Commerical Airliners and Checklists

Originally posted 11-16-2010:
While visiting our Bellevue office a couple weeks ago, I was lucky enough to find some time to tour the Boeing plant at Everett.  It's quite an amazing 90 minute tour that gives guests a chance to view the 747, 777, and 787 lines. From a balcony, you can see planes in different stages of assembly on lines that run 24/7. Looking around the monstrosity of a building, there are cranes and large machinery in place to move the large assemblies into their final place on what will become a commercial airliner. The building even has a tunnel system under the building to allow moving people and parts around.  You quickly realize that not only are these airliners an engineering marvel, but the infrastructure put in place to make it possible is awe-inspiring as well. 

A funny thought struck me as I stood, wide-eyed, taking it all in: "How many checklists does it take to manufacture an airliner?"

If you have read The Checklist Manifesto, you will understand what I mean.  In the book, Atul Gawande explores the use of checklist to help organize extremely complex real world issues like building a skyscraper or preparing an airplane for take off, and then presents a case for using checklists in healthcare. Just looking on the plant floor, the complexity of building an airplane successfully looks like a complex undertaking.  I can only imagine how many engineers were involved in the design, skilled workers involved in the assembly, and all the people needed for the logistics of bringing parts from all over the world to make it happen.  I think about all the handoffs in the process, and yet somehow in a few weeks time another airliner is rolled out of the plant for it's first successful test flight.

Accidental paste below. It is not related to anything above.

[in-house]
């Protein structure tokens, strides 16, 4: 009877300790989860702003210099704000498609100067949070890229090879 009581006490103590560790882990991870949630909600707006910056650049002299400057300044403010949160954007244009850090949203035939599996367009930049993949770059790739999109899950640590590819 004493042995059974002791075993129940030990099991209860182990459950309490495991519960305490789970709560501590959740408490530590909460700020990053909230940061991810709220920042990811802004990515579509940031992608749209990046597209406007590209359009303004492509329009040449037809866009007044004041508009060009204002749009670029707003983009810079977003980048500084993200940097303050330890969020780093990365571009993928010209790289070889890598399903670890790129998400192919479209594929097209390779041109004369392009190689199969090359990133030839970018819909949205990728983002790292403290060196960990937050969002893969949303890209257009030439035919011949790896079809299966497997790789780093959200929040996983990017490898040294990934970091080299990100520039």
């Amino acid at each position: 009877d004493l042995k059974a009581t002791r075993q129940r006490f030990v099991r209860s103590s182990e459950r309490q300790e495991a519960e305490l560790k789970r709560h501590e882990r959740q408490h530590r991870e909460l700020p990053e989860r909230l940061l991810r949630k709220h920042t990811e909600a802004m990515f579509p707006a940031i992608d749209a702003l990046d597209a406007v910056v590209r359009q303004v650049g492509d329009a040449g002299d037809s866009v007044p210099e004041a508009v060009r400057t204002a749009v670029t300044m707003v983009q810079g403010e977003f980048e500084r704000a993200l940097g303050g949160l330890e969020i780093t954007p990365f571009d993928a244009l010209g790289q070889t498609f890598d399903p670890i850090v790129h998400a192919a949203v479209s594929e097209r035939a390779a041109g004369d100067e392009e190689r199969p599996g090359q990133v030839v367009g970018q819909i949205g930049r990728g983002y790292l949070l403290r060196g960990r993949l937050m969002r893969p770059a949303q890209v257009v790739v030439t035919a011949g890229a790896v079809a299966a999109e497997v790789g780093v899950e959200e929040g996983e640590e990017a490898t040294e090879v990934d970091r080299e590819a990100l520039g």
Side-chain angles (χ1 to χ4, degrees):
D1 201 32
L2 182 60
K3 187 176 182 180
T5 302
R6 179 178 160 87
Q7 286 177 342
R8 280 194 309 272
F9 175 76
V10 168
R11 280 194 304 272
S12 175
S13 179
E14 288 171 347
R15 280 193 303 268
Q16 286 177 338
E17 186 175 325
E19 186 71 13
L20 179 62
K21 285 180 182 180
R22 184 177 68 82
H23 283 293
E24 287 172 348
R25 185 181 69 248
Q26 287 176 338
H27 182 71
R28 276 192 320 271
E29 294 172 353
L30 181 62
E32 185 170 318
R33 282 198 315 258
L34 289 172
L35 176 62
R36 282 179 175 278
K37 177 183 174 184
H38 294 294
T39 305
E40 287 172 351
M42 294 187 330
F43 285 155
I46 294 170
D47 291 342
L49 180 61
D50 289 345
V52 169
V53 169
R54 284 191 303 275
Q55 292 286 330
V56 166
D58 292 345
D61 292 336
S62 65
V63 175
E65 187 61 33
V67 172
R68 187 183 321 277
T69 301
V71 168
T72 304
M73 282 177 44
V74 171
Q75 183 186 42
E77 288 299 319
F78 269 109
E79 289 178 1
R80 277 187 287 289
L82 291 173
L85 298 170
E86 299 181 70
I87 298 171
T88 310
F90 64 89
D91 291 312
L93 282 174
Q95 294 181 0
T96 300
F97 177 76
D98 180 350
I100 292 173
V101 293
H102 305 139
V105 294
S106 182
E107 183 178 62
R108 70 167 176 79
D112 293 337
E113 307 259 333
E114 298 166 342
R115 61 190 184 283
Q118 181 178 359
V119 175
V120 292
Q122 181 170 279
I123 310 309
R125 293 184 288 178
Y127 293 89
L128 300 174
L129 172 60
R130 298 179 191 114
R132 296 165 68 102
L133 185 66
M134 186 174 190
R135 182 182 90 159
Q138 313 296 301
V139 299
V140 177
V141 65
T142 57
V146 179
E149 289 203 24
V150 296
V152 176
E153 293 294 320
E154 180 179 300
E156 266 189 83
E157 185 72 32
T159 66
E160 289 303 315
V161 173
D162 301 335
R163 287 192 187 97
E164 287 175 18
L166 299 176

Here's what really amazes me: With all of that complexity involved, those planes are pretty safe to fly in.  If those planes can be constructed in a way that is safe for passengers, why can't we get a complex system like healthcare to be safer for patients?  I realize I have written about how using comparisons to aviation has it flaws, but it represents a success story in the world of safety.  I looked at the parts and workers out on the floor, and I started thinking about patient data, equipment, processes, and healthcare workers all functioning in a system where the patient gets to their destination of being home in good health - no delays, lost items, or turbulence. I think we can get there with some standardization, good practices, discipline...and maybe a few well thought out checklists.